Software as a Service (SaaS) businesses tend to be uniquely portable compared to traditional businesses, even within tech. There are a couple reasons for this.
First, they lend themselves to international customer bases, unlike more regionalized tech businesses which may require a market-by-market growth strategy.
Second, they are often run by solo founders or small teams, allowing for a high level of flexibility when it comes to personal and tax residency.
Given this flexibility, SaaS founders commonly choose to incorporate in more tax-advantaged regions, rather than simply opting for the brick-and-mortar default in their country.
The most popular locations for SaaS businesses to incorporate are:
- United States (Delaware): favored for investor access
- Singapore: favored for low corporate tax (local director requirement)
- Hong Kong: favored for low corporate tax and no local director requirement
- Ireland: favored for R&D tax advantages
- Estonia: favored for ease of doing business remotely
|Country||Corporate tax rate||Personal income tax rate|
I am not a financial or tax advisor. Information shared on this page is for general information purposes, and is not intended to be tax or financial advice. You should always consult a tax professional when making decisions about your company structure.
United States (Delaware)
The primary benefit of Delaware is that it is a low-tax state with a high level of recognition as an incorporation center in the US.
If you're chasing US customers in multiple states with some international customers as well, and you intend to court investors, Delaware is an extremely popular option. So popular, in fact, that Stripe offers an entire product (Stripe Atlas) dedicated to auto-setup of the paperwork and banking for you.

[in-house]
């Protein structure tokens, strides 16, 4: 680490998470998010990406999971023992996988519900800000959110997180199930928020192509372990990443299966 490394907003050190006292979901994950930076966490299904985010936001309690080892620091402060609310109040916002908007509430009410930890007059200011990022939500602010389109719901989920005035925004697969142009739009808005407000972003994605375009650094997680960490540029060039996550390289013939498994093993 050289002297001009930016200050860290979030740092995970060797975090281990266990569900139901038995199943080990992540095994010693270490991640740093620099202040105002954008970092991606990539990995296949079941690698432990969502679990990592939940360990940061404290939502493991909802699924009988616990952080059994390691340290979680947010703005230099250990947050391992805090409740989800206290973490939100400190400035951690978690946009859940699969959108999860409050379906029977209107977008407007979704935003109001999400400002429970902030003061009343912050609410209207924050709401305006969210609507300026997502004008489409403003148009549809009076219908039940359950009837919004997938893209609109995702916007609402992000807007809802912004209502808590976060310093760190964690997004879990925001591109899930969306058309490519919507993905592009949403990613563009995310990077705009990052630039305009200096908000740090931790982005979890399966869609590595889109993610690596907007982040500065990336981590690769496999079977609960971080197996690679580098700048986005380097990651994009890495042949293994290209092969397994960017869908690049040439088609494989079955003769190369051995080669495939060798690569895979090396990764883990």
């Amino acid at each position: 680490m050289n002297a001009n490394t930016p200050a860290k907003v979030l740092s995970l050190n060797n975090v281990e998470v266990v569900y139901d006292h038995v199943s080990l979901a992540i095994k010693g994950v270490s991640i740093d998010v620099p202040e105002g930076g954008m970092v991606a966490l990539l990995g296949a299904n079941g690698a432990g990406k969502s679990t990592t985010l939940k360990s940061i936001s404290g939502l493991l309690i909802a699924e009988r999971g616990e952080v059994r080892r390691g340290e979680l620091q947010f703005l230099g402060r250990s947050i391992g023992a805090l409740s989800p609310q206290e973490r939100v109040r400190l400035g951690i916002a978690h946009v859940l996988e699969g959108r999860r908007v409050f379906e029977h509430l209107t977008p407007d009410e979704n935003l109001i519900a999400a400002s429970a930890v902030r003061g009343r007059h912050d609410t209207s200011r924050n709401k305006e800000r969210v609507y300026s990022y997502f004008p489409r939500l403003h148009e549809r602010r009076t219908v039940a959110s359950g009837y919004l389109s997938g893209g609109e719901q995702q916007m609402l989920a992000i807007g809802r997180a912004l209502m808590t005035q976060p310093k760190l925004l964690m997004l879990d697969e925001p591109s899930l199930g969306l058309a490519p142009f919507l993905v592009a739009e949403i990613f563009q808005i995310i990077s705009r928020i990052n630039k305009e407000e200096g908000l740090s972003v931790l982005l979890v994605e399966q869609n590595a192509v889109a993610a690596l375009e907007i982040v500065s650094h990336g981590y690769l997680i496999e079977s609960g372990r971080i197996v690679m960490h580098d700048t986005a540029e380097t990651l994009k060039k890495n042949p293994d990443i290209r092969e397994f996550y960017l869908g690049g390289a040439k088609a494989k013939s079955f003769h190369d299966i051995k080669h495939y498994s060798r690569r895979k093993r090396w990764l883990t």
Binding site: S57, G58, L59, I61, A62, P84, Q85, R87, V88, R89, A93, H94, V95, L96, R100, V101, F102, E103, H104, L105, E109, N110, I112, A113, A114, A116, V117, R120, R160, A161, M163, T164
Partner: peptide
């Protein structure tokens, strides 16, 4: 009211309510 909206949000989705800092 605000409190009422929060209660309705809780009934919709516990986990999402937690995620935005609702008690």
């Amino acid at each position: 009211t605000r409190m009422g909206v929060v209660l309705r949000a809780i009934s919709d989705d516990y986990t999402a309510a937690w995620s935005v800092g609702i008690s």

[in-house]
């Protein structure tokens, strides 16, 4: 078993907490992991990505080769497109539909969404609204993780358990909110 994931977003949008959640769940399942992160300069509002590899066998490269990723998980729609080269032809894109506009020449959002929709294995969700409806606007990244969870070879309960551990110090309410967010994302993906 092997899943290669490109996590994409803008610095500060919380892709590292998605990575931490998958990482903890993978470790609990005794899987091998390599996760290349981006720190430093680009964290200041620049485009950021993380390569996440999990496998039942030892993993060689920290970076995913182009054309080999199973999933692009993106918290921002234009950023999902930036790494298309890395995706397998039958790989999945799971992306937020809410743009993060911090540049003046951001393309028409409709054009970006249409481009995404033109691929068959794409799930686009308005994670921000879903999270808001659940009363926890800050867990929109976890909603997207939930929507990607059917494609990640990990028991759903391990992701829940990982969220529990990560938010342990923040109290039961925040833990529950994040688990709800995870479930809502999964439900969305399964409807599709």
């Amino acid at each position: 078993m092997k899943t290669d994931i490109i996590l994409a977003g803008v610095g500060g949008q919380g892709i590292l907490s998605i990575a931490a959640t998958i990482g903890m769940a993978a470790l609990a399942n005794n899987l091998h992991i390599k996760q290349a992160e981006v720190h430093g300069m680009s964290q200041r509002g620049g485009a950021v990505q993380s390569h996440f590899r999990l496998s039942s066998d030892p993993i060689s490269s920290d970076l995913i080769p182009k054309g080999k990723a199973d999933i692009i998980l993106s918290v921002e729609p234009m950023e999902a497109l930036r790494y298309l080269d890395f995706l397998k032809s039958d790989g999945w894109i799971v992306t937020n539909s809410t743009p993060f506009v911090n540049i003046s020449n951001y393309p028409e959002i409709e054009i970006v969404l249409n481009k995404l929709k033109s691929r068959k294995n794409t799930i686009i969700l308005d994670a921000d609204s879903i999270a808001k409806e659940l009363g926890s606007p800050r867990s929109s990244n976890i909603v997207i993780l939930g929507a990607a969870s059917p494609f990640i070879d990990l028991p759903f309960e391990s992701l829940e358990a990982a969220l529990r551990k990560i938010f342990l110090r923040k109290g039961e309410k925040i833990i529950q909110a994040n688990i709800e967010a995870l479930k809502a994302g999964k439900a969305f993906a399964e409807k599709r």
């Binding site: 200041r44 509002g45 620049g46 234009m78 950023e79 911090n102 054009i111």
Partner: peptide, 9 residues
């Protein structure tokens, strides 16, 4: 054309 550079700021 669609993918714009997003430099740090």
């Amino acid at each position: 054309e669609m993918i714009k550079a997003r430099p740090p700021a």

The primary benefit of Singapore is that it's well-regarded internationally, very stable, and has a low tax rate. It's also a very international city with lots to offer and low "culture shock" for westerners compared to most places in Asia.
Singapore does require a local director for the business, however, so it's not like Hong Kong or Estonia where you can simply register and manage the company/banking remotely.
Hong Kong is popular as a convenient location for the Chinese market, as well as for its low overall tax rate and convenient, stable banking system.
The main issue with Hong Kong at this time is that ongoing conflict with China and street-level protests have brought the perception of the location down somewhat when it comes to stability.
Ireland is worth including here as it's famously a shell location for companies like Apple to manage and route their international profits, resulting in an extremely low effective tax rate relative to the EU norms.
However, Ireland is not ideal for most mid-size companies, even when relocating, due to high personal tax rates and increased scrutiny on the region thanks to the ongoing legal battle between the EU and Apple.
Like the US, Estonia's biggest benefit is perhaps the branding. The country has successfully gone from "obscure post-soviet country" to "EU tech center" in just a few years. They've also launched some very innovative digital government services, including the world's first Digital Nomad visa.
The main benefit of Estonia is for residents of countries like Germany with extremely high tax rates and high costs for incorporation, but more flexible rules on foreign-earned income.